We are the parents of a 36-year-old son who has athetoid cerebral palsy. This means he has extremely limited control over his movements and is confined to a wheelchair.
To the Editor:
We are the parents of a 36-year-old son who has athetoid cerebral palsy. This means he has extremely limited control over his movements and is confined to a wheelchair. While we believe his mental abilities originally were normal, his physical handicaps have so interfered with his mental development that he is now classified as mentally and physically handicapped. He cannot feed himself or otherwise take care of himself. He must be attended 24/7 by someone.
Jeff is on a Medicaid waiver and eligible for Medicaid and SSI benefits. SSI is his sole income. He is currently living in a house in Sunbury with another disabled man and they have a company that provides the care that they need. The two men share interests in sports and enjoy teasing each other over their divided loyalties between OSU and Michigan.
My wife and I are retired teachers. While our income is adequate, our physical health due to age is becoming such that we would find taking care of our handicapped son in our own home physically difficult. My wife cannot physically lift him out of the wheelchair to put him to bed, take him to the bathroom, or to give him a shower.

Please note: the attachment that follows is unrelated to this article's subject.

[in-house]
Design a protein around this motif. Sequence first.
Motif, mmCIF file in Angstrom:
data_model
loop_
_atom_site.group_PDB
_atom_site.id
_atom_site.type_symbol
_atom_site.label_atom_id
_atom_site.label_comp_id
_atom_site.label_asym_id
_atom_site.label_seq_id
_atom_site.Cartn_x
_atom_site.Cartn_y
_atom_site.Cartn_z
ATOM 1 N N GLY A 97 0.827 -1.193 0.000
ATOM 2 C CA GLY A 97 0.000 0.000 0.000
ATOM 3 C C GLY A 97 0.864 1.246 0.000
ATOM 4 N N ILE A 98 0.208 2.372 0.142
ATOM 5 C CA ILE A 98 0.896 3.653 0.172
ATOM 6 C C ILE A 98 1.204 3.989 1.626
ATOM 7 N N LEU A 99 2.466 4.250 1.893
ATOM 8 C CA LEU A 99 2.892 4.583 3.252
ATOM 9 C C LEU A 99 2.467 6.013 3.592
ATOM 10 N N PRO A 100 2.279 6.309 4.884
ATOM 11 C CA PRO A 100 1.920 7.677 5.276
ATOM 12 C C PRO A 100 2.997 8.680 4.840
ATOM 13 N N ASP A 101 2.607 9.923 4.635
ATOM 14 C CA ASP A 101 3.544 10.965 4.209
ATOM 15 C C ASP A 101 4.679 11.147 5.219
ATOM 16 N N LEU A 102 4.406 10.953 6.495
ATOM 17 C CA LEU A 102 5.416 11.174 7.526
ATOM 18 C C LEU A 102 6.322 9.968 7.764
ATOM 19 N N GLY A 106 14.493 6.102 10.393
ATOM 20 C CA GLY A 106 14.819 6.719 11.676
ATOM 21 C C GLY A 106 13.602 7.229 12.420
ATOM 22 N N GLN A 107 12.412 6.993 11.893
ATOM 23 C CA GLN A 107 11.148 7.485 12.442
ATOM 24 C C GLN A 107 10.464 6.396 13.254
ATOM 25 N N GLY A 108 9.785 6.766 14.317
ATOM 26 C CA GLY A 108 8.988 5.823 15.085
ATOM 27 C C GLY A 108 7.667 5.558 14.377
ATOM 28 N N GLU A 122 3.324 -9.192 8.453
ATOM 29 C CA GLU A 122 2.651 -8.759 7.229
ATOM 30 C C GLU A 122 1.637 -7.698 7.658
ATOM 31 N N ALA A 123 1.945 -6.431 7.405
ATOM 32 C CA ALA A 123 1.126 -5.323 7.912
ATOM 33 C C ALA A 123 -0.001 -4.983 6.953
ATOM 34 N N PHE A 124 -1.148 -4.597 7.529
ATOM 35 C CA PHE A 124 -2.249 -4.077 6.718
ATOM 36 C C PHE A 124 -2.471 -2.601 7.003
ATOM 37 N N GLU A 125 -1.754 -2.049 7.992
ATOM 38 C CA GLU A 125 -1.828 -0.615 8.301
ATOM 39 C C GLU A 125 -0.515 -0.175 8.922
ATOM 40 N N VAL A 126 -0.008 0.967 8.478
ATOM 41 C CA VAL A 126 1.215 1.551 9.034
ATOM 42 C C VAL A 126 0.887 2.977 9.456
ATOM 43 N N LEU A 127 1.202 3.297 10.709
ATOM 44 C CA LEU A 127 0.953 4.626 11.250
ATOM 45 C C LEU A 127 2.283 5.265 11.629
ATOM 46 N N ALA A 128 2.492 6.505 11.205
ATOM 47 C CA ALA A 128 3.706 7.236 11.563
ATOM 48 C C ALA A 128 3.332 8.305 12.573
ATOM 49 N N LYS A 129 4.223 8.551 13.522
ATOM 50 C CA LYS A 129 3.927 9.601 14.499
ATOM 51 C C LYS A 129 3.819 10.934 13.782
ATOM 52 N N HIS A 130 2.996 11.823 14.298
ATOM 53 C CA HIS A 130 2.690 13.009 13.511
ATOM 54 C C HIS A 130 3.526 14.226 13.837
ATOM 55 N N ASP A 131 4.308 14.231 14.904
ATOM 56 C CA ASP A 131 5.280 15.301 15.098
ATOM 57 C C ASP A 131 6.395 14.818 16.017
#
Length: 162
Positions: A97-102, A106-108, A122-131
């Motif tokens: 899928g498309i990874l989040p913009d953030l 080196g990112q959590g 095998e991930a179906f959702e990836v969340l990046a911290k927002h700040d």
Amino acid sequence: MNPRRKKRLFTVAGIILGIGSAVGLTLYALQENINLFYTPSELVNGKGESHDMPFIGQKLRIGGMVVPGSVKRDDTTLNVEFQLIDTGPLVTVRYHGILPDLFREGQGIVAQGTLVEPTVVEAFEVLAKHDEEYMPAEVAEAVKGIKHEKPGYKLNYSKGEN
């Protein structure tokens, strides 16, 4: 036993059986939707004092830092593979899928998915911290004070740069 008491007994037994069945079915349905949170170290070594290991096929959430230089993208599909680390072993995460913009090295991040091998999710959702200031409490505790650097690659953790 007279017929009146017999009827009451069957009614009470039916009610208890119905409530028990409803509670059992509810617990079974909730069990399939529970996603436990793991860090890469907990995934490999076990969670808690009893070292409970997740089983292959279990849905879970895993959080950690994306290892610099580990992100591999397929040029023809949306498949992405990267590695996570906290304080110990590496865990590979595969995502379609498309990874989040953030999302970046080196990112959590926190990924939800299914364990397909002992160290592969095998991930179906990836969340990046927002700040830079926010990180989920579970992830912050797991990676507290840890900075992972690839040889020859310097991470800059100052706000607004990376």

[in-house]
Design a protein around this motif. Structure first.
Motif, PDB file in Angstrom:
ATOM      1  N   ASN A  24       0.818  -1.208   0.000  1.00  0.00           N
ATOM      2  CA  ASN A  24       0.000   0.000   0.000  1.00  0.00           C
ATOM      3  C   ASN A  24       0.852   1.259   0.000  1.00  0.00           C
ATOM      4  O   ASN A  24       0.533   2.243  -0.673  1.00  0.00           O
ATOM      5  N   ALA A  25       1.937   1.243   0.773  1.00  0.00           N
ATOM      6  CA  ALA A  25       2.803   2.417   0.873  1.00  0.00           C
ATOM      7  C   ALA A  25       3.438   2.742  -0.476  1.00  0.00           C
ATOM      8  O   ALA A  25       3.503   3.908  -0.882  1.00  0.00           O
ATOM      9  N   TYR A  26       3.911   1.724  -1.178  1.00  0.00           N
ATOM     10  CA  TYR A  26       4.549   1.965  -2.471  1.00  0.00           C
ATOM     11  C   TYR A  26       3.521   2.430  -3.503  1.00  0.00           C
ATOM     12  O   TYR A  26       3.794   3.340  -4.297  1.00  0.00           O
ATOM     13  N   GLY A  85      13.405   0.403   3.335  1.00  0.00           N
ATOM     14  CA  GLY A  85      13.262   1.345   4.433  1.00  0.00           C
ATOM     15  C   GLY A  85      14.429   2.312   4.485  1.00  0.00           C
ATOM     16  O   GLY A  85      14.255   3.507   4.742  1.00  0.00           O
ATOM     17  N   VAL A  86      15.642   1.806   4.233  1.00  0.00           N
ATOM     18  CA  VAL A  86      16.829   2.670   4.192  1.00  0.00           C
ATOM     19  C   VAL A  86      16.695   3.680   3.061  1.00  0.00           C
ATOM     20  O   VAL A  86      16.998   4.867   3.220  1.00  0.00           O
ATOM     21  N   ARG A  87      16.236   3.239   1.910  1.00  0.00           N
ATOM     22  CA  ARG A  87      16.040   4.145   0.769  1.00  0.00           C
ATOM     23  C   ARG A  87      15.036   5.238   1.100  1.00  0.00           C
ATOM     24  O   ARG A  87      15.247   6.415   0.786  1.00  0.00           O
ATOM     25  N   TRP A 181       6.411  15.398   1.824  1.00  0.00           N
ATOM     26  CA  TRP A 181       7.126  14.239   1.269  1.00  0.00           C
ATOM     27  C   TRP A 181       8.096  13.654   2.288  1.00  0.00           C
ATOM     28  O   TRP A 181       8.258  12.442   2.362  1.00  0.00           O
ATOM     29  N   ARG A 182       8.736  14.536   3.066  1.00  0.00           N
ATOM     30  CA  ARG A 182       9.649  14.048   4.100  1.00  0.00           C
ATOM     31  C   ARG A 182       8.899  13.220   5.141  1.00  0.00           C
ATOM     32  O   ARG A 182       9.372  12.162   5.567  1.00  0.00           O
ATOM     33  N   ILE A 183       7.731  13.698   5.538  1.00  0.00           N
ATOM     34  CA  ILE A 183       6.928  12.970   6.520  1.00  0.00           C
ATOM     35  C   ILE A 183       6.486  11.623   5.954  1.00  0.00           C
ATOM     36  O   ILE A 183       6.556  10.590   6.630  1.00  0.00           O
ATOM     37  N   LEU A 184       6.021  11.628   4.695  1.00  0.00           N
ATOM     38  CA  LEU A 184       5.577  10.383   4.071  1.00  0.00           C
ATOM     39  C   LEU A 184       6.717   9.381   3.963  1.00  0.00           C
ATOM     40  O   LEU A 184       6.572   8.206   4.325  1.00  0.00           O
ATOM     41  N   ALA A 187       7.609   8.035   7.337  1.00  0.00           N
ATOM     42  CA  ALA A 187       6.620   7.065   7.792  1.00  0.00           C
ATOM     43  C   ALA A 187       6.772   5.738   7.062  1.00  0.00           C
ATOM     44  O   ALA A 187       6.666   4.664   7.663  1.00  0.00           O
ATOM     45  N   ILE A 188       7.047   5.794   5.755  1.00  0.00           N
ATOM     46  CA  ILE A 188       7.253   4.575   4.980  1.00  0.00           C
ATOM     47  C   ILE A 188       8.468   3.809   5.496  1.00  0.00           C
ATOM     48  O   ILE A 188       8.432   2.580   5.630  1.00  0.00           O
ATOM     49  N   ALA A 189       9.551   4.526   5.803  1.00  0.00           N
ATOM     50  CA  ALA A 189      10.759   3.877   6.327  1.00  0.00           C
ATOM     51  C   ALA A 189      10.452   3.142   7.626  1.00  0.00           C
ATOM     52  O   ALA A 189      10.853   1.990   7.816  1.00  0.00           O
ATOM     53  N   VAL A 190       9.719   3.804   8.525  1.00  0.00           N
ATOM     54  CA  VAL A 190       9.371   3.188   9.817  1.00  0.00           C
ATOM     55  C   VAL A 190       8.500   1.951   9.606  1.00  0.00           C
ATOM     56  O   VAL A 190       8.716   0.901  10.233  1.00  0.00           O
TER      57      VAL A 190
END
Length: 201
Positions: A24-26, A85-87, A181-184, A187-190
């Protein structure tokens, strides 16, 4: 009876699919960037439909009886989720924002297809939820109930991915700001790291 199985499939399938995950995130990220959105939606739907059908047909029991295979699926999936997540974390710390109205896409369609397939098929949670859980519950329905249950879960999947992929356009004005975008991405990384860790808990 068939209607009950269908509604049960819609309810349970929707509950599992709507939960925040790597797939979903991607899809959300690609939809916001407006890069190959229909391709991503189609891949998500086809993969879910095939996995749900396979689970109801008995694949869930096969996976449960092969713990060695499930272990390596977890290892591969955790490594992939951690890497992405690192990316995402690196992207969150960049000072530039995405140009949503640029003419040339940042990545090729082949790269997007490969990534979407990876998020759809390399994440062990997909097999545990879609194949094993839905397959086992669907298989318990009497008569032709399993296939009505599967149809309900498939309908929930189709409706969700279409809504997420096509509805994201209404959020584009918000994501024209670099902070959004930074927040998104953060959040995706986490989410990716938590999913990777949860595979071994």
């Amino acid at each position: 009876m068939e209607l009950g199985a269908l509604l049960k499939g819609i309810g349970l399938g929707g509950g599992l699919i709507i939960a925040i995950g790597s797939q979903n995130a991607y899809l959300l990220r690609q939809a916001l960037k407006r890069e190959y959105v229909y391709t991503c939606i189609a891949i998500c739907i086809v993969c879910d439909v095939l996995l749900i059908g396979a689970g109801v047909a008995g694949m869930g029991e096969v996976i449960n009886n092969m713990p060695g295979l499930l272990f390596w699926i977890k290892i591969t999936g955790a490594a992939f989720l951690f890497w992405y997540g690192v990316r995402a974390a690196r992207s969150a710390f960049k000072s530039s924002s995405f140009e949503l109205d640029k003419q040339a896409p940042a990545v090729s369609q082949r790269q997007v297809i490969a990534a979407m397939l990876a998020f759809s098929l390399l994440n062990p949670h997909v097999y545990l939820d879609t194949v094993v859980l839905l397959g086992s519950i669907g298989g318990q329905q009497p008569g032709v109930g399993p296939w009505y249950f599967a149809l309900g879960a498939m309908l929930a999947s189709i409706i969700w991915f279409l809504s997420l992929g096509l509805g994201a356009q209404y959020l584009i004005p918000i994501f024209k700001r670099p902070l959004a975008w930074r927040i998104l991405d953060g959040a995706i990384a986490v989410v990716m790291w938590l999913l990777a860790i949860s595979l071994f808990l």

The strain of 24-hour care if he were to live in our home would be extremely difficult. Our son would miss out on the socialization that he so badly needs.
Although Jeff's basic needs are met by SSI and DCBDD, we still provide a lot of the extras that makes life enjoyable for our son. We also provide most of the transportation to doctors, wheelchair repair, church, and family outings and get-togethers. We will need to replace our handicapped wheelchair-assessable minivan that we use to transport our son in the next two to three years. A new minivan will cost about $55,000.
We are extremely grateful for the help that the DCBDD has given us. The expertise of the social workers, the moral support they provide, and the financial assistance provided by the county is invaluable. However, the financial burden of Jeff's housing is increasing. He recently received a letter stating that he will have to pay for the utilities at his home. If he cannot pay it out of his limited resources, we will have to assume the cost. What other costs will he have to assume if the levy does not pass? If the cost of his care becomes too great, we would have no choice but to bring him home.
We urgently ask for support for the DCBDD levy so the needs of all of the handicapped people of Delaware County can be met. It is the right thing to do.
Joe and Claudia Warner